The following is adapted from the speech given by President Judith Rodin as part of the Martin Luther King, Jr. Interfaith Program on January 20, 2000.

Martin Luther King's Challenge: Service to Society

by Judith Rodin

More than 30 years after his earthly journey ended in Memphis, the Reverend Dr. Martin Luther King, Jr. remains a part of the light by which we chart our ongoing struggle for justice and human dignity for all.

While braving tear gas, bullwhips, bricks, police dogs, fire hoses--and a ceaseless cascade of death threats--Dr. King never stopped witnessing for justice. He never stopped working to create what he called a "beloved community."

I am sure that were he with us today, Dr. King would compliment universities like Penn for producing brilliant, imaginative doctors, lawyers, scholars and scientists who press the envelopes of their disciplines and professions. He would commend us for conducting research that yields important advances in the health sciences and other fields.

But he would also say that it is not enough. It is not enough to expand the intellect and talents of our students if we fail to rouse their souls to serve others and engage them in the larger issues of the day. Nor is it enough, he would say, for us to make great discoveries in the lab and develop theoretical solutions to society's problems if we do not use them to tackle the kinds of challenges we face every day.

Dr. King would be right. But I also believe he would be right at home at Penn, whose founder professed a similar philosophy of education that today guides us more than ever.

Dr. Franklin declared that "the great aim and end of all learning is service to society." For Penn, society begins right here in West Philadelphia--right here in this beloved community that we are building together.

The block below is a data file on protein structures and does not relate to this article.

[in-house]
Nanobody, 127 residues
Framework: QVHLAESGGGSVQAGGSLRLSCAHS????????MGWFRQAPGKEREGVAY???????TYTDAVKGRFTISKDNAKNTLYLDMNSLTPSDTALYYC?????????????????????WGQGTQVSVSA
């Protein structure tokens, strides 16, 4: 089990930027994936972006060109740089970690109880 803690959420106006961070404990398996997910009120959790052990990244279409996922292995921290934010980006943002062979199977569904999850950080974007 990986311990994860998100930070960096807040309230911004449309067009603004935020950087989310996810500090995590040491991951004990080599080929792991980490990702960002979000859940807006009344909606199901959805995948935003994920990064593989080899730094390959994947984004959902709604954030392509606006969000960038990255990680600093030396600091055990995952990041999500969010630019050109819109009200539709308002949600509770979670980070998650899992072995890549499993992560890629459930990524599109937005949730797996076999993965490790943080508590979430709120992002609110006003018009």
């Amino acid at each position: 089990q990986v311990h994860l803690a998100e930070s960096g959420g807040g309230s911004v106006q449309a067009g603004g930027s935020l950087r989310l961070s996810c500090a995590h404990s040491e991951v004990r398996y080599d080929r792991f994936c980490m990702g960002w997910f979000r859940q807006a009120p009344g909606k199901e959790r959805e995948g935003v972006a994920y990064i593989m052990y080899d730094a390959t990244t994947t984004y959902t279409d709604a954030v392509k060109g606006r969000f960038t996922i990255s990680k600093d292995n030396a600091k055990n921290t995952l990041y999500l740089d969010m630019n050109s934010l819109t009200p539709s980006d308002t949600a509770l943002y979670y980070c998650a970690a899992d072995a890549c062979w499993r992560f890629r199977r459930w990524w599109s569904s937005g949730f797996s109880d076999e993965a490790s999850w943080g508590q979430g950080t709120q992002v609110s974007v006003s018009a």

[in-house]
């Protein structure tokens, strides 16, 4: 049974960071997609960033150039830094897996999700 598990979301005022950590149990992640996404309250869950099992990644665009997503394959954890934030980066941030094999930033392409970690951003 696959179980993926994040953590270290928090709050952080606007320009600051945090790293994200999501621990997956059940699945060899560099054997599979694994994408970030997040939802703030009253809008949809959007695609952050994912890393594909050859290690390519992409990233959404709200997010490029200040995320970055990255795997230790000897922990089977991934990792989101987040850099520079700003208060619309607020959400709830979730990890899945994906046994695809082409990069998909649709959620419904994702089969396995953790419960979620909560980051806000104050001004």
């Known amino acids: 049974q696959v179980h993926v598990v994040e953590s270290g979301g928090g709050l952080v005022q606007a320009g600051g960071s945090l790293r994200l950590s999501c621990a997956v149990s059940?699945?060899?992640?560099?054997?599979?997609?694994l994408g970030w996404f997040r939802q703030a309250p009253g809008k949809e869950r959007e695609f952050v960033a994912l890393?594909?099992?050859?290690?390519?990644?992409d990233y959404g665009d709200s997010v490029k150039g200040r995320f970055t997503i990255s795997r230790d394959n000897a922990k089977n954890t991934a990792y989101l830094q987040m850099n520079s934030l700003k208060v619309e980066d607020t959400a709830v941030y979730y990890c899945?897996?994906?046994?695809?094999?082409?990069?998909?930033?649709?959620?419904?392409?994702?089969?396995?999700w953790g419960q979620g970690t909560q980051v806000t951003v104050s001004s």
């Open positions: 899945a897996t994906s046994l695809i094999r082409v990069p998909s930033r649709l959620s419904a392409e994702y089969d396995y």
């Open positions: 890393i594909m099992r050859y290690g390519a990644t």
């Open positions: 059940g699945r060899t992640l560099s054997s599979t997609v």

I would like to reflect on what Penn has done and can do to witness for a "beloved community" both on campus and throughout West Philadelphia. First, what can Penn do to instill the idea of service in its students?

The answer is, we are doing a lot--more than I could possibly even begin to describe in this space. We believe that a student who never ventures beyond the campus boundaries forfeits the chance to become a properly educated citizen.

Society needs men and women who can think critically, act responsibly, and interact respectfully with people from many different social, racial, national, and religious backgrounds.

That is why Penn has woven community service into the very fabric of the University. The commitment to service permeates our College Houses, blooms in nearly 40 student service organizations, and thrives in partnerships between Penn students and faith-based communities in West Philadelphia.

About 25 percent of all Penn undergraduates lend their time, talents, and passion to serving others. Our students are out in the community fighting homelessness, hunger and poverty as volunteers for groups like Habitat for Humanity. Our students are promoting health and nutrition. And they are mentoring and educating our young people in programs like the West Philadelphia Tutoring Project, whose team leader, Penn senior Sarah Zimbler, was recently awarded the prestigious Truman Scholarship for her contributions.

Penn is producing outstanding leaders like Charles Howard, who is carrying on Dr. King's work through his efforts to bring our diverse communities together and through his service to young people in West Philadelphia.

Service is not just about caring for others. It is about learning and applying what is learned in the classroom. In that regard, Penn is setting the national standard for developing courses that link scholarship and service.